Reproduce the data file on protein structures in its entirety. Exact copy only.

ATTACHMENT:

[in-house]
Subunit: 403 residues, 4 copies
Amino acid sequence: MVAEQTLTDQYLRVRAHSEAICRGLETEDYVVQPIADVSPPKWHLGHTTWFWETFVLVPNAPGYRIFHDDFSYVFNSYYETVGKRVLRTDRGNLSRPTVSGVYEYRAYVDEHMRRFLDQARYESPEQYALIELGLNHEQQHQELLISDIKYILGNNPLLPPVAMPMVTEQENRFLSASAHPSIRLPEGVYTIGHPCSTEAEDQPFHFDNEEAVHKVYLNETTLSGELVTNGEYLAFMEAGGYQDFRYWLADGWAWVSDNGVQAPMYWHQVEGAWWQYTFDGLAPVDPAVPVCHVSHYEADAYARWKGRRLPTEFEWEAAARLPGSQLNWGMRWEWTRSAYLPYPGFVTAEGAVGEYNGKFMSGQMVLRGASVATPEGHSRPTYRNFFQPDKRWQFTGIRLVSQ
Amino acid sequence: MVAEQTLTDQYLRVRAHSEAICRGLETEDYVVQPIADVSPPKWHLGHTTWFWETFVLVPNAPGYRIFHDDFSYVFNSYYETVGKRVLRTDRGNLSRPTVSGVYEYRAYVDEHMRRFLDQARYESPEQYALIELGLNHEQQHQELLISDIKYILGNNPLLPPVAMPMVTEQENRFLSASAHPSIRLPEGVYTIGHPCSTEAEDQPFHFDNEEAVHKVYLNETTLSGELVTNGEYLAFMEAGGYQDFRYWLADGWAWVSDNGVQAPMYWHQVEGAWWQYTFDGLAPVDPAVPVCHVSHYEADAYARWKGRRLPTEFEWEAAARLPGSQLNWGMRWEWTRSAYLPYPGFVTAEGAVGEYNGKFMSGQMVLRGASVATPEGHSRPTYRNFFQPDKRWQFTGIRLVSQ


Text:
[in-house]
Subunit: 403 residues, 4 copies
Amino acid sequence: MVAEQTLTDQYLRVRAHSEAICRGLETEDYVVQPIADVSPPKWHLGHTTWFWETFVLVPNAPGYRIFHDDFSYVFNSYYETVGKRVLRTDRGNLSRPTVSGVYEYRAYVDEHMRRFLDQARYESPEQYALIELGLNHEQQHQELLISDIKYILGNNPLLPPVAMPMVTEQENRFLSASAHPSIRLPEGVYTIGHPCSTEAEDQPFHFDNEEAVHKVYLNETTLSGELVTNGEYLAFMEAGGYQDFRYWLADGWAWVSDNGVQAPMYWHQVEGAWWQYTFDGLAPVDPAVPVCHVSHYEADAYARWKGRRLPTEFEWEAAARLPGSQLNWGMRWEWTRSAYLPYPGFVTAEGAVGEYNGKFMSGQMVLRGASVATPEGHSRPTYRNFFQPDKRWQFTGIRLVSQ
Amino acid sequence: MVAEQTLTDQYLRVRAHSEAICRGLETEDYVVQPIADVSPPKWHLGHTTWFWETFVLVPNAPGYRIFHDDFSYVFNSYYETVGKRVLRTDRGNLSRPTVSGVYEYRAYVDEHMRRFLDQARYESPEQYALIELGLNHEQQHQELLISDIKYILGNNPLLPPVAMPMVTEQENRFLSASAHPSIRLPEGVYTIGHPCSTEAEDQPFHFDNEEAVHKVYLNETTLSGELVTNGEYLAFMEAGGYQDFRYWLADGWAWVSDNGVQAPMYWHQVEGAWWQYTFDGLAPVDPAVPVCHVSHYEADAYARWKGRRLPTEFEWEAAARLPGSQLNWGMRWEWTRSAYLPYPGFVTAEGAVGEYNGKFMSGQMVLRGASVATPEGHSRPTYRNFFQPDKRWQFTGIRLVSQ